You’re not alone if you have a loved one who doesn’t know Christ. You also know how hard it is to pray for their salvation. It would be easy to promise that if you follow these tips, your loved one will be saved, but that’s not the case. God is the one who works in their heart.
However, these ideas on approaching unsaved loved ones about attending a service with you will leave the heart restoration work to God through the Holy Spirit. Before getting into how you can get your nonbelieving loved one to church, let’s discuss what’s not going to them in church.
No one likes to be nagged about anything. Asking your loved one numerous times to come to church is like pestering your children or spouse to do a chore; it makes them not want to do it. If you continue to invite them to get the same reply, it only makes them want to avoid you. Another thing you shouldn’t do is try to scare them will hell. Even though those who don’t believe in God will be in hell for eternity, trying to scare your loved one into going to church by describing hellfire typically makes it worse.
Hell has its place in Scripture but not as a way to scare someone into going to church. Finally, it would be best not to trick your loved one into church with you. This tactic will only make them mad and may forever turn them away from God. With those methods out of the way, here are some ways to get your nonbelieving loved ones to church.
James 5:16 tells us the prayers of a righteous person are active and influential. While praying for your loved one, ask God to give them the desire to go to church with you and to open their heart to your attendance invitation. Before you try any other suggestions, pray about it.
Invite them to church.
Your loved one can’t get to church unless you invite them. When you do so, try not to do it in a nagging way. Still, regularly, like once a month or so, welcome them to go to church with you. Also, it may be best to invite them to activities outside of church service, like plays or children’s performances. They’ll get the experience of having a church family without necessarily going to church service.
Remain faithful in asking.
Despite the numerous no's, keep asking and inviting your loved one when it feels right to do so. It may take a while, but they may eventually come around. God is always one time so ask and get ready for a yes in the middle of the nos.
Accept ‘no’ politely.
You’ll likely hear more negative reactions than positive ones, so it would be in your best interest to receive those negative responses graciously. Try your best not to guilt them into saying yes or pouting. They’re probably watching to see how you accept their response, which might be why they say yes next time.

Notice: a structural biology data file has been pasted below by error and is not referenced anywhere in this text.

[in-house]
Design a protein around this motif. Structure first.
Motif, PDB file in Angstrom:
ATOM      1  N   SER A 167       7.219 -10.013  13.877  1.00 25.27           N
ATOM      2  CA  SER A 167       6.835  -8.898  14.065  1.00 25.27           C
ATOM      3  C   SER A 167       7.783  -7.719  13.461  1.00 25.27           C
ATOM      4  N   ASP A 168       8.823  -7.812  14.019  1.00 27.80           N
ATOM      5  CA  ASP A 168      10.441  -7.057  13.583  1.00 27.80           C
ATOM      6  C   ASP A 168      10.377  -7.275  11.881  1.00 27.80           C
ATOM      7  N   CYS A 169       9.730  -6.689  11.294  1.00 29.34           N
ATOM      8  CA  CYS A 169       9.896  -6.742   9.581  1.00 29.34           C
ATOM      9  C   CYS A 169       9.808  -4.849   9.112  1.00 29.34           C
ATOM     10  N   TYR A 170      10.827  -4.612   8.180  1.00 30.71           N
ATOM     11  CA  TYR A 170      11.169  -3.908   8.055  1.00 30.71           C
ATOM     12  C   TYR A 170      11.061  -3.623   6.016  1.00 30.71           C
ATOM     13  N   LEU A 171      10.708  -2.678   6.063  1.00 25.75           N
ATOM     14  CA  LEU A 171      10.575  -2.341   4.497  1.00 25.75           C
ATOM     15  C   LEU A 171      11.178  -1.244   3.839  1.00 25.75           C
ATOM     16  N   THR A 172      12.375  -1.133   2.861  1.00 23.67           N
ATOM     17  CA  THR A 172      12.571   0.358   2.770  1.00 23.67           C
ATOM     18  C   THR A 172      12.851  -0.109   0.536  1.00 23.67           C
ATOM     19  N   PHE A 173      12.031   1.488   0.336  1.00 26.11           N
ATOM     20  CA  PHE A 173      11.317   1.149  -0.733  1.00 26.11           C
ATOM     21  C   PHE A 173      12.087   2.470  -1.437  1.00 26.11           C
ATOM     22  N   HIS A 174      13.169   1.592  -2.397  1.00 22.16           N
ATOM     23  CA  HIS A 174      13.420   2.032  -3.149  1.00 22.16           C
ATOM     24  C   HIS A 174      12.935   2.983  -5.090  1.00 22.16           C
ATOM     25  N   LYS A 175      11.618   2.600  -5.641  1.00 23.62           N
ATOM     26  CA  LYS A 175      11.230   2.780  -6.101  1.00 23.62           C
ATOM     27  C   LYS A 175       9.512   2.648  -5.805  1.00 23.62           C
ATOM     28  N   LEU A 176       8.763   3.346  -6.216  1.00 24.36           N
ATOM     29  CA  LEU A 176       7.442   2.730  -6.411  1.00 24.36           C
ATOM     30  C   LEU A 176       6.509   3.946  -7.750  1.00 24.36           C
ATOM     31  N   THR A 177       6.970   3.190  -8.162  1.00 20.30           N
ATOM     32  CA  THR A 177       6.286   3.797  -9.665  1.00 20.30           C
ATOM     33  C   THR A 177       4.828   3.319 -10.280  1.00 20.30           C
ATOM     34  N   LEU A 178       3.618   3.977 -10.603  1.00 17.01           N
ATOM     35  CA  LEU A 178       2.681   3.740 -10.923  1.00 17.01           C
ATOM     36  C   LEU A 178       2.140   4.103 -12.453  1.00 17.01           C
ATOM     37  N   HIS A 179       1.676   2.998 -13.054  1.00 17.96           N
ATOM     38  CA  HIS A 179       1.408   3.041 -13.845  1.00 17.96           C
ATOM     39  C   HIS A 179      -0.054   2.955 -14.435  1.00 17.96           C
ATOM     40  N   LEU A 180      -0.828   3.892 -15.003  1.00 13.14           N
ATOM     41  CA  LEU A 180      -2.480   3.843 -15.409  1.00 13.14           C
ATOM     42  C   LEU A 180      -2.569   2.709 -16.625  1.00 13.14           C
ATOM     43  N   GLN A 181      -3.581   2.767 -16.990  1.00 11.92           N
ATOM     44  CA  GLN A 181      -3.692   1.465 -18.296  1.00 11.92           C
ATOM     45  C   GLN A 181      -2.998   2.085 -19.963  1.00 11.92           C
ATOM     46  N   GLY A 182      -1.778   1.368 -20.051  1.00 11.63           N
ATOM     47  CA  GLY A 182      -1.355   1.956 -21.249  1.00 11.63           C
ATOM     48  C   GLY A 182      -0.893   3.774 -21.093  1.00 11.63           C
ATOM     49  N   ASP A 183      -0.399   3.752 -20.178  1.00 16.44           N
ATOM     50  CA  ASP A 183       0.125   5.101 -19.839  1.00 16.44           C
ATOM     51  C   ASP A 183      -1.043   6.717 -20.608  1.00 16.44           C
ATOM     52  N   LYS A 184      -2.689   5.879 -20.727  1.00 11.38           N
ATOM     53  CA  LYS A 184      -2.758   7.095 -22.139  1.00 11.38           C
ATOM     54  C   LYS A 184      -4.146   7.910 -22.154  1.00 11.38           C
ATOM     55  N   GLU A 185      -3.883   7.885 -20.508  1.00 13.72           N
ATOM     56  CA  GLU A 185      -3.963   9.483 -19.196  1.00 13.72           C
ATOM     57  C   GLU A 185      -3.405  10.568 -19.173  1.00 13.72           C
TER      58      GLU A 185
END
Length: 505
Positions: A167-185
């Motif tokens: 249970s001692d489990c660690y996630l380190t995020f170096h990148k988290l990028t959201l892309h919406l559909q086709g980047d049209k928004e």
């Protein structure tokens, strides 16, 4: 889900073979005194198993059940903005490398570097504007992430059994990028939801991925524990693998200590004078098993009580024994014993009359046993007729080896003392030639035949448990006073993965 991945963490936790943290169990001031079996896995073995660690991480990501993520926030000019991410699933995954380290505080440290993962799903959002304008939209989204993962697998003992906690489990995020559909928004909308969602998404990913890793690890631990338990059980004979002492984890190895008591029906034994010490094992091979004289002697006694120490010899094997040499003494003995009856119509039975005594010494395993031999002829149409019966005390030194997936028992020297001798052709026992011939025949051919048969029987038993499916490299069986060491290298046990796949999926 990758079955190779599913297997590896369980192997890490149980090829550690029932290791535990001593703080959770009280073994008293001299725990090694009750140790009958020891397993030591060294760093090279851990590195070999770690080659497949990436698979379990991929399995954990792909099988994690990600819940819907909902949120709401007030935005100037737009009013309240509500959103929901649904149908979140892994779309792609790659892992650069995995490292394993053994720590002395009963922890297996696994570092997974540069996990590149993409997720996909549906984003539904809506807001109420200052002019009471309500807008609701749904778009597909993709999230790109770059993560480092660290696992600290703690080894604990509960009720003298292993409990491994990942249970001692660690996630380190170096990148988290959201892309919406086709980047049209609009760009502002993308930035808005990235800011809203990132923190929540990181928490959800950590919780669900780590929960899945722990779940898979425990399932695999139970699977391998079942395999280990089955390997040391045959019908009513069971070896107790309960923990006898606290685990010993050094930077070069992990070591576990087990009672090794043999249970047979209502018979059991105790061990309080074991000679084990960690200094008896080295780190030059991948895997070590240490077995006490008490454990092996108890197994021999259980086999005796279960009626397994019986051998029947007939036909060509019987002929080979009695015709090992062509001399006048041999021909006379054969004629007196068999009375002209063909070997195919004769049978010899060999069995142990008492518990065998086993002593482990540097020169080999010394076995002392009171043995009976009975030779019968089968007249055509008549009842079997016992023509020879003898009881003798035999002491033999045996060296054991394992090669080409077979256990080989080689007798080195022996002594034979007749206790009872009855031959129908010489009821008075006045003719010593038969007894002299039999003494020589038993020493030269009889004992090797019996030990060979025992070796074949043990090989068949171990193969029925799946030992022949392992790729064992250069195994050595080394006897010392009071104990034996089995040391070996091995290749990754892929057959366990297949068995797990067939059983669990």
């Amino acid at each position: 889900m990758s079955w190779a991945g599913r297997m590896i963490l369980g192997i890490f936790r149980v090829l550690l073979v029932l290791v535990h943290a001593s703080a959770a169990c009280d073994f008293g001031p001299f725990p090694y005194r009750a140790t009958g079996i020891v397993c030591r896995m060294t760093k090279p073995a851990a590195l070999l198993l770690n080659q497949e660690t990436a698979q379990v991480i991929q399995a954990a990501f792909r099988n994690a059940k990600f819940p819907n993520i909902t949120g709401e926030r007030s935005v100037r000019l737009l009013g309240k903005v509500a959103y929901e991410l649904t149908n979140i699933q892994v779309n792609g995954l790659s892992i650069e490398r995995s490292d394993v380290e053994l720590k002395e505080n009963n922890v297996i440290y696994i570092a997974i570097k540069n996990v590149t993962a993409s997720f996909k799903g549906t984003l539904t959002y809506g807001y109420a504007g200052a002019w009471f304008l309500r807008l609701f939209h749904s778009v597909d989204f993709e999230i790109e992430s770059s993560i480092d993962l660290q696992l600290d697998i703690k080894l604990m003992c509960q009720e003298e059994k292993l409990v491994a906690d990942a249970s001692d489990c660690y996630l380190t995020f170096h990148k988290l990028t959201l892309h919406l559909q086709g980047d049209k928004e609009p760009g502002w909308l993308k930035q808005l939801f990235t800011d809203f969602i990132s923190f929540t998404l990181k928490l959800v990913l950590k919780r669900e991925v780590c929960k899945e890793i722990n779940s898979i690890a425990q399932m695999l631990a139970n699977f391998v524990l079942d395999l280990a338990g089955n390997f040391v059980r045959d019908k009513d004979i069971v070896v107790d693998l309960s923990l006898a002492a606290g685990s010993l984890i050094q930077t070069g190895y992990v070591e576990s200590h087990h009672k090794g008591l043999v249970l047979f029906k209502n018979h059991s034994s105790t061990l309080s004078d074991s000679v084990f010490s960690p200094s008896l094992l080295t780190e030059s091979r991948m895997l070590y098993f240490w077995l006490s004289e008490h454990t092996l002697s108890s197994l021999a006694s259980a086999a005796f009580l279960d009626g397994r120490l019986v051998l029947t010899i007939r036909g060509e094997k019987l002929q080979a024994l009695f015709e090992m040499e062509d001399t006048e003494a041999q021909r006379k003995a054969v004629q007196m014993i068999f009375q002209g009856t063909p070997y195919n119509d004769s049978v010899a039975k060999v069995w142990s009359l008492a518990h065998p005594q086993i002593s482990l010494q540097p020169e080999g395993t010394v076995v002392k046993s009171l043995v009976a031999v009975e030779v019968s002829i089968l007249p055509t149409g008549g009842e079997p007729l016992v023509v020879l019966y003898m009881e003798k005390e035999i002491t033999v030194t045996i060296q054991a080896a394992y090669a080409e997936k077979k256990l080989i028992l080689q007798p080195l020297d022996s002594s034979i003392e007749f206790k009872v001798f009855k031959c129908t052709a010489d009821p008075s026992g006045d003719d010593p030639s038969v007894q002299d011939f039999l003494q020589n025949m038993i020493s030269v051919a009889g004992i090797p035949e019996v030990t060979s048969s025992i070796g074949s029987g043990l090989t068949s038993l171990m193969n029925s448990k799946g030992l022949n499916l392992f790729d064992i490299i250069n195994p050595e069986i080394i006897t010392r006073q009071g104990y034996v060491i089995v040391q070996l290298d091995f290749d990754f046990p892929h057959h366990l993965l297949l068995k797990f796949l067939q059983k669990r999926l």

Talk about the church in a kind manner.
This tip may seem obvious, but how many times do you talk about something from a recent sermon with your nonbelieving loved ones? Not in a lecturing way, but in an educational way or a “this opened my eyes to a new perspective about the Scripture” way. Psalms 95:1-2 says, “Come, let us sing for joy to the Lord; let us shout aloud to the Rock of our salvation. Let us come before Him with thanksgiving and extol Him with music and song.” If this is how we see going to church, we should share that with those around us. Why would our unsaved loved ones want to attend church with us if we don’t talk about Sunday mornings in a constructive light?
Discuss faith in regular conversation.
As disciples of Jesus Christ, we should sprinkle our conversations with faith, not force-feeding it but naturally. For example, if you and your loved one are discussing their recent bout with unemployment, talk to them about how God can provide no matter the circumstance. It’s an organic response to a question on how you’re doing and a sincere way to share our faith with our unsaved loved ones.
Show how your church supports you.
Your church members are a part of your more extensive support system, and nonbelievers must know that. Psalm 66:5-6 reminds us, “Come and see what God has done: he is awesome in his deeds toward the children of man. He turned the sea into dry land; they passed through the river on foot. There did we rejoice in him.”
If your church has a history of giving away meals to those in need, talk about this service with your loved one, especially if you’ve benefited from this service. Talk to them about how that service blessed your life and how they could be a blessing to others. Seeing Christians’ care and love for one another could make them want to start going to church.
Open your mind to different churches.
Your loved one may want to go to church, but they may be more comfortable attending another denomination, so you should look for alternative churches and people who are part of those congregations.They can give you more information about what happens in their church. Recommend your loved one to go to a service at that church and go with them if they agree. For example, your loved one may feel more comfortable with a liturgical congregation than a Pentecostal one. As long as they attend church, does it matter which one they go to?
Part of being a Christian is to inspire others in their faith and help the nonbelievers find faith. Hebrews 10:24-25 tells us to think about how to stir up love and good works in each other. We shouldn’t neglect one another, but we should encourage each other as Judgement Day draws near. It can be heartbreaking when an unsaved loved one shuns any mention of church or the Gospel, but God has a plan. He can use our church invitations to soften our unsaved loved one’s hearts and redeem those He’s called to Him.